Study Finds Auditory Training Results In Significant Improvements In Hearing Abilities

Do you find yourself struggling to hear when you’re in a noisy environment?

Are you tired of asking your friends to repeat what they’re saying multiple times in just one sitting?

This may sound like an introduction to an old-school commercial, but you’re wrong. I’m just excited, as I, too, struggle with hearing people in noisy situations.

PHOTO: Pixabay/Couleur

When people are excited, they have a tendency to talk fast and loudly. For some people, it’s hard to keep up and understand whatever their friends are saying if they talk too animatedly or if they’re surrounded by other noises.

Researchers suggest that people who struggle with this problem, like me, may be dealing with problems when it comes to detecting rapid changes in sound.

“The ability to understand speech in complex environments depends on the brain’s ability to preserve the precise timing characteristics of the speech signal,” the researchers wrote.

To help people with such challenges, a study published in the Journal of the Association for Research in Otolaryngology (JARO) introduces a training technique to help boost a person’s listening ability.

PHOTO: Unsplash/Franco Antonio Giovanella

The study used participants with both normal and impaired hearing. The participants were asked to undergo ‘rate discrimination training’ which can help improve their ability to differentiate subtle changes between the speed of sounds.

This training helps our auditory temporal processing, or the brain’s ability to process sound stimuli over time, and this affects our understanding of speech or any sound that reaches our ears.

“We’ve seen some evidence that these temporal processing deficits might be improved in animal models, but this is the first time we’ve shown it in humans,” said lead author Samira Anderson.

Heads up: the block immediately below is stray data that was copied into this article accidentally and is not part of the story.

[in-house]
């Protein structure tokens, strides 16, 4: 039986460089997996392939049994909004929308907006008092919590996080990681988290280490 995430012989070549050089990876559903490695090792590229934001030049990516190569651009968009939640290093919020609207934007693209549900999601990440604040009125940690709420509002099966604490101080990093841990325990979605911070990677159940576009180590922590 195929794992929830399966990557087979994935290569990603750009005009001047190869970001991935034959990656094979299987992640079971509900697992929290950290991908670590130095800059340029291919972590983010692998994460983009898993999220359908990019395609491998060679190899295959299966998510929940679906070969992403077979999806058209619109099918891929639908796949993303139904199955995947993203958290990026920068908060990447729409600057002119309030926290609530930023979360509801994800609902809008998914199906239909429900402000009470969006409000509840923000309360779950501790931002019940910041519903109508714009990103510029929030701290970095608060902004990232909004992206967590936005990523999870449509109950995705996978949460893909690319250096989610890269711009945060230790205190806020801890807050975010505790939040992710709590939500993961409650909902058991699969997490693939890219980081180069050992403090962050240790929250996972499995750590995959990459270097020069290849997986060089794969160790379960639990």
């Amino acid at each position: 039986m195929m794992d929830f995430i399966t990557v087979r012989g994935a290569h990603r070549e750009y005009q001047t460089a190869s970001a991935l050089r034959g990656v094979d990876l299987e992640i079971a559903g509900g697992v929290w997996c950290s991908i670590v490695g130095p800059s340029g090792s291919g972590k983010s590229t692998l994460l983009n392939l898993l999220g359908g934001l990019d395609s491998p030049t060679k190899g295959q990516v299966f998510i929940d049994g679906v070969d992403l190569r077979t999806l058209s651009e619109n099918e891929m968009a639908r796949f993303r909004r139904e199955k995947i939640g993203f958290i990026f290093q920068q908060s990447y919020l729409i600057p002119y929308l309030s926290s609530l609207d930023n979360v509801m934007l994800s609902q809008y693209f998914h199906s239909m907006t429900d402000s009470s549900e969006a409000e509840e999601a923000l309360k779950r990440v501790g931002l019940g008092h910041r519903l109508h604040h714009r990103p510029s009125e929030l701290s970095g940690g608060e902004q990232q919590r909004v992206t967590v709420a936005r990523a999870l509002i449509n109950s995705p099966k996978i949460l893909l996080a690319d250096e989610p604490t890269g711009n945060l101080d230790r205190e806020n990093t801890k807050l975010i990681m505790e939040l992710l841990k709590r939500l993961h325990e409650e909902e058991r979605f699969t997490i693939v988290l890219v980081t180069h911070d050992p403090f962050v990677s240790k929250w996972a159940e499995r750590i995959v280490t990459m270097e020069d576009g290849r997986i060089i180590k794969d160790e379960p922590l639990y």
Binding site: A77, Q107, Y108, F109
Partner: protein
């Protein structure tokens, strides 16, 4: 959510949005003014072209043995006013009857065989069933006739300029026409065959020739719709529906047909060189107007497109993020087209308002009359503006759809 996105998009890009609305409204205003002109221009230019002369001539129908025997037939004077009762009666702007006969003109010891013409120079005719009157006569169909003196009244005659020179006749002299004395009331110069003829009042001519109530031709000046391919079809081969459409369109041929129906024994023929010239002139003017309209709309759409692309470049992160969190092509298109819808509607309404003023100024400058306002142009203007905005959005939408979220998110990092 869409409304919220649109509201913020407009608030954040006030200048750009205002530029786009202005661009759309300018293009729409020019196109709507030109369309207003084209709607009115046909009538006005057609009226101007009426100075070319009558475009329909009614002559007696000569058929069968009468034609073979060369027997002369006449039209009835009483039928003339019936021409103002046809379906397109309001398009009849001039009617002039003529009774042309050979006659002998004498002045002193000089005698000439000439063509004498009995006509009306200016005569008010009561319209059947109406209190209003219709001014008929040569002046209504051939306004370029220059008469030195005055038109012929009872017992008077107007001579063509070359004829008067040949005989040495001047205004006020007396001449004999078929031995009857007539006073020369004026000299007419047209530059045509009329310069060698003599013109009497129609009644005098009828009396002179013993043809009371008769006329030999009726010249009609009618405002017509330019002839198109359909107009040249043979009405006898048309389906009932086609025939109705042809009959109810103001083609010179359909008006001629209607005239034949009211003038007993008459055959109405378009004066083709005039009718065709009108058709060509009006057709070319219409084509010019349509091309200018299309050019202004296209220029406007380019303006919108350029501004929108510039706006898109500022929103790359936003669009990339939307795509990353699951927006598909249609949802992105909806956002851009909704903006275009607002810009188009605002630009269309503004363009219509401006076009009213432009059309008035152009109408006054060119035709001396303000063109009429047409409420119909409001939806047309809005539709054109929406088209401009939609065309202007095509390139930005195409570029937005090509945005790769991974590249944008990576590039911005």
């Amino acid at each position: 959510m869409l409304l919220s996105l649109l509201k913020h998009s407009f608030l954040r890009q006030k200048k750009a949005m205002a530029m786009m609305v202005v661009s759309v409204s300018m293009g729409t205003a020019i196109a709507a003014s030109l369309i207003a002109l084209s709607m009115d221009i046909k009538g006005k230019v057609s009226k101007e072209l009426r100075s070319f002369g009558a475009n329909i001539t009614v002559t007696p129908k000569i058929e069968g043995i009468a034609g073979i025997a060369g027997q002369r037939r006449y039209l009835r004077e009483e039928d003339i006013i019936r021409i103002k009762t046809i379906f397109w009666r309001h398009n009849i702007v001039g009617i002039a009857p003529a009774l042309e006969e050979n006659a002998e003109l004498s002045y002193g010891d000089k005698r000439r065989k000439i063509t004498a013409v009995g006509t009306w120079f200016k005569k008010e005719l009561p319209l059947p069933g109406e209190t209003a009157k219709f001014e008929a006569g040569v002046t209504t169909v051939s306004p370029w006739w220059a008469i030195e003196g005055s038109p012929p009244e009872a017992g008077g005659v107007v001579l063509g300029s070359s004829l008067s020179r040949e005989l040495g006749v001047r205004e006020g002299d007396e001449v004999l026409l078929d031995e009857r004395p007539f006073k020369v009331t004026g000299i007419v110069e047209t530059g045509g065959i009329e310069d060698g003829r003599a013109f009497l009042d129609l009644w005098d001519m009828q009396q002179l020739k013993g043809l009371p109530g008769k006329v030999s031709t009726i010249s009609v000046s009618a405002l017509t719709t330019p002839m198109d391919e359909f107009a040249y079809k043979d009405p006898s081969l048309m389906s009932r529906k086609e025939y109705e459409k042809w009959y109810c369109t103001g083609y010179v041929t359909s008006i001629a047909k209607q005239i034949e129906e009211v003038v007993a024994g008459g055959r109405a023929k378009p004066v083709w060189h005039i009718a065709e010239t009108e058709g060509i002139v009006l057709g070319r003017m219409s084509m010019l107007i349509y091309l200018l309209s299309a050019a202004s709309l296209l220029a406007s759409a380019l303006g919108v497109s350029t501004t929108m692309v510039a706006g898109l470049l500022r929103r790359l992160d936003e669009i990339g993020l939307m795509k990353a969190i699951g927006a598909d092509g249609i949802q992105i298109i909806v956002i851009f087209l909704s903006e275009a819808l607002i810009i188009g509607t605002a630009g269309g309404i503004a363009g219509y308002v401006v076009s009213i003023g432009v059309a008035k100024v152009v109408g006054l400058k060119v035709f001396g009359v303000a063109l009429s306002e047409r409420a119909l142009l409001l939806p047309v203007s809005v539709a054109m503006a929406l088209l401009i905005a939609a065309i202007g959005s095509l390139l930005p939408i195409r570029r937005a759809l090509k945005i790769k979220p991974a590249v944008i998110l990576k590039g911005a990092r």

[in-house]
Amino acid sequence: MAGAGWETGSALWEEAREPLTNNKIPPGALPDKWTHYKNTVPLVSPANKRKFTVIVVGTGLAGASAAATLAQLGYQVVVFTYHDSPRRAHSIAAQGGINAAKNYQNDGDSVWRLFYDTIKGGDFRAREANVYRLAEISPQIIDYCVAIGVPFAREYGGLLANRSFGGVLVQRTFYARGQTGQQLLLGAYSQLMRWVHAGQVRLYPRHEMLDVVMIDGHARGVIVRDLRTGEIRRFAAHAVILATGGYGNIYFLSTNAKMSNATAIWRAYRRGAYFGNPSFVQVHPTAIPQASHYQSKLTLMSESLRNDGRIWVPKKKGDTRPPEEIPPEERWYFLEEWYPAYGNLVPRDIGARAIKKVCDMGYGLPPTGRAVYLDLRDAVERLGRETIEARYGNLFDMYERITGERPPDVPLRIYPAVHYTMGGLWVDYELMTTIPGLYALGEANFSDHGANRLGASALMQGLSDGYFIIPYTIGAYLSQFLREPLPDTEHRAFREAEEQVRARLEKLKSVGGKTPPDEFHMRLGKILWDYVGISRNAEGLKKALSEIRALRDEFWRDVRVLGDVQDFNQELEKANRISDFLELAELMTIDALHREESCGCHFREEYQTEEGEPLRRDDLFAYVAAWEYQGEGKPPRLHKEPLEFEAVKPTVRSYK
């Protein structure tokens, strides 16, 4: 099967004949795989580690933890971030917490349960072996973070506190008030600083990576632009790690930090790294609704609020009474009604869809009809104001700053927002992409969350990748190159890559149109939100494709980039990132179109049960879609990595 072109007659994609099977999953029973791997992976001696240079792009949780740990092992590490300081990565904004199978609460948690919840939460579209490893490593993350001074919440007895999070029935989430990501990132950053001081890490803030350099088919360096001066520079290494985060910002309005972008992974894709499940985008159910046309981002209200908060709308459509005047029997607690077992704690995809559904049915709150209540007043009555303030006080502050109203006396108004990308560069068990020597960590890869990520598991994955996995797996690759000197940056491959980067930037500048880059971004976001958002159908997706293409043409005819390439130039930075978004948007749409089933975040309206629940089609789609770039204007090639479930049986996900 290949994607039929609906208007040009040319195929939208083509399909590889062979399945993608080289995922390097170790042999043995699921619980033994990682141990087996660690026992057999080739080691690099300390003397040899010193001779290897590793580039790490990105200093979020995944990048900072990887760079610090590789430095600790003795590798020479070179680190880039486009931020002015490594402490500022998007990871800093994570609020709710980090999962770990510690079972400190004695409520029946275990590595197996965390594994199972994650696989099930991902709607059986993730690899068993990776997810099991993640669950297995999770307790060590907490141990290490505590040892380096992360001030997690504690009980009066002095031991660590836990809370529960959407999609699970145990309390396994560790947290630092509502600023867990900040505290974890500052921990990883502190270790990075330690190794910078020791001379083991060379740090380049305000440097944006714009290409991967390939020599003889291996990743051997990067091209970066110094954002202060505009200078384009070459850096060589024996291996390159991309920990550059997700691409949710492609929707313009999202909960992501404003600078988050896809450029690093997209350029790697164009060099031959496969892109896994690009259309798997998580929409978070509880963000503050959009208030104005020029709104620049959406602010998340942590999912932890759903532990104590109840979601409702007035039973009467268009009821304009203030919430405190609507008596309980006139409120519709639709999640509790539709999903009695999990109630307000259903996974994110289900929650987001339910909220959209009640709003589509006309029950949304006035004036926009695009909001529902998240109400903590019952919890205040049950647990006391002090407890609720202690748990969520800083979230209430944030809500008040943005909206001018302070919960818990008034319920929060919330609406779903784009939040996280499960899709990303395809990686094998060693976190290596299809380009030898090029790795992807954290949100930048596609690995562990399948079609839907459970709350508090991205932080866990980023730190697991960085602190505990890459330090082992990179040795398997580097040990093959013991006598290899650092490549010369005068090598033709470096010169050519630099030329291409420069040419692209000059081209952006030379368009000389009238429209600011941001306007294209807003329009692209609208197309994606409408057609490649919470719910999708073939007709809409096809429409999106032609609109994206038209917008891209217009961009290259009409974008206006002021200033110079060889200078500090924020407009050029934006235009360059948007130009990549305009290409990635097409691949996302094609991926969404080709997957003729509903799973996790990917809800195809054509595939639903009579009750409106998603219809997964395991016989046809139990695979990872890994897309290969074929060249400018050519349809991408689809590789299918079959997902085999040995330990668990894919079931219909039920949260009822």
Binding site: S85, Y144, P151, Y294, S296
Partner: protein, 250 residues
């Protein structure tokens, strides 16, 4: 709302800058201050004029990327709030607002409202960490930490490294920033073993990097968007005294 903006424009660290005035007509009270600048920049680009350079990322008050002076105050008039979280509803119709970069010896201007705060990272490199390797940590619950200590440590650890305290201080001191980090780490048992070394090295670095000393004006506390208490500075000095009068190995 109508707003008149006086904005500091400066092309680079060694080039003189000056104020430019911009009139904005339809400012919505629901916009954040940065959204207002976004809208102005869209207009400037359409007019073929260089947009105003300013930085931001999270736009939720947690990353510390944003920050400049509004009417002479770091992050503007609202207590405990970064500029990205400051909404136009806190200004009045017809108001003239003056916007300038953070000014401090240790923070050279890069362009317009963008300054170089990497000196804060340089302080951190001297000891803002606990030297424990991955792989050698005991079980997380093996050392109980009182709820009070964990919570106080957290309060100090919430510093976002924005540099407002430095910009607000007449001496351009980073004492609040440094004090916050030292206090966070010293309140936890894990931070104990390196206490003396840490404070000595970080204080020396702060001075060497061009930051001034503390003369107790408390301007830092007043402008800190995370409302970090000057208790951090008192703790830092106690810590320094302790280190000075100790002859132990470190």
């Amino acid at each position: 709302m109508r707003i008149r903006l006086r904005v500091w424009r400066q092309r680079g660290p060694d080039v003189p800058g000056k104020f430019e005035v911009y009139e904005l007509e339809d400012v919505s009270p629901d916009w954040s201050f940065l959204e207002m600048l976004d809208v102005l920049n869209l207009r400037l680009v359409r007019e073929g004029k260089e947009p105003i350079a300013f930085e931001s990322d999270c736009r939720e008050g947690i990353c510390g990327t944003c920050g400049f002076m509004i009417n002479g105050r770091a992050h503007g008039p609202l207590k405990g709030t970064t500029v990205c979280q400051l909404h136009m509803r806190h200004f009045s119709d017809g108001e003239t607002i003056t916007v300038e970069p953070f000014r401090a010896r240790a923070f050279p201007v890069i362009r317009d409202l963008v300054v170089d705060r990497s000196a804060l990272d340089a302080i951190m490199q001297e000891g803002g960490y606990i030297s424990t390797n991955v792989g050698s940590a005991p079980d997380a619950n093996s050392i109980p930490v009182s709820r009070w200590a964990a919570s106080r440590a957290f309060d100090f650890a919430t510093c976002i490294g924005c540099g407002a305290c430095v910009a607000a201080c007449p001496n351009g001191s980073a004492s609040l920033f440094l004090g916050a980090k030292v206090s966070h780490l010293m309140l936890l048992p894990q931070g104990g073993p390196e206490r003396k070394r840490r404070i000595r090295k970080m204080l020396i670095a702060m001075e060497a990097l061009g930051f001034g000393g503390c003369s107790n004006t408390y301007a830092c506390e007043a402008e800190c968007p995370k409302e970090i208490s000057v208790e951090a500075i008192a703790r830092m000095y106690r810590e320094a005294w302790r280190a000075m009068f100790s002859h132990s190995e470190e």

The participants were asked to sit in a double-walled sound-attenuating booth and listen to auditory stimuli that are described as band-limited pulse trains (300-ms duration) having rates of 100, 200, 300, and 400 Hz through a single insert earphone. Participants were then asked to select, between three sounds, the one which had a slightly higher pitch, in a separate experiment. This is to assess their perceptual rate discrimination.

PHOTO: Unsplash/Mark Paton

There were 40 individuals who underwent training and another 37 who acted as the control group. The control group was only tasked to do tone detection in noise, and they showed insubstantial improvement in hearing compared to those who underwent training.

With the results of their experiments, the researchers suggest that the generalization of training effects may potentially extend to real-world listening situations.

“Auditory training promotes neural changes in the brain, known as neuroplasticity. The results offer great hope in developing clinically feasible auditory training programs that can improve older listeners’ ability to communicate in difficult situations,” said Sandra Gordon-Salant, one of the study’s authors.

People, Pets & Planet

Help where it’s needed most at GreaterGood for free!